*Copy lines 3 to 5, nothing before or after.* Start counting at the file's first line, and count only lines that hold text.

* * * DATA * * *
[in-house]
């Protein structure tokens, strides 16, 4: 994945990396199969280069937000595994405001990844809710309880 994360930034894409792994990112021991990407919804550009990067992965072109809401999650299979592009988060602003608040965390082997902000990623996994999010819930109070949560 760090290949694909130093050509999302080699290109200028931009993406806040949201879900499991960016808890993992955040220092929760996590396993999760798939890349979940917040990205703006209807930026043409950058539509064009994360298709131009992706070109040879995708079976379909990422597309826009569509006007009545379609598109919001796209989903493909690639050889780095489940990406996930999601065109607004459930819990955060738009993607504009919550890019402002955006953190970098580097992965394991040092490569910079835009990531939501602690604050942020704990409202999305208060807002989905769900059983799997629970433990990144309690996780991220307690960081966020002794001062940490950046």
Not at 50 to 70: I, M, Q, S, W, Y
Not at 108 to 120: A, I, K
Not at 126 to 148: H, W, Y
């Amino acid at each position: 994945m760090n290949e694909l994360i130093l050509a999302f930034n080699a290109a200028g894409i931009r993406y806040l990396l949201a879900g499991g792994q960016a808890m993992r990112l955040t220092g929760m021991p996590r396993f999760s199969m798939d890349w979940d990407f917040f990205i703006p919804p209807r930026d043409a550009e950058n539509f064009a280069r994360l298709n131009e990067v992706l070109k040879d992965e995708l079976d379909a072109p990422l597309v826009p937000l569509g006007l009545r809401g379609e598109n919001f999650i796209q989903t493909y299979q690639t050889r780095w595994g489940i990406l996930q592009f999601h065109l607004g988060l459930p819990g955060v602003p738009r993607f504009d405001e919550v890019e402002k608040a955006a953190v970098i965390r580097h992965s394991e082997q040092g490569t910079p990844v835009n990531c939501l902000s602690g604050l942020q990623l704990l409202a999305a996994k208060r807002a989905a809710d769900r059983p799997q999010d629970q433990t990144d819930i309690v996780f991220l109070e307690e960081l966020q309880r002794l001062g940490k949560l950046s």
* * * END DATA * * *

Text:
Not at 50 to 70: I, M, Q, S, W, Y
Not at 108 to 120: A, I, K
Not at 126 to 148: H, W, Y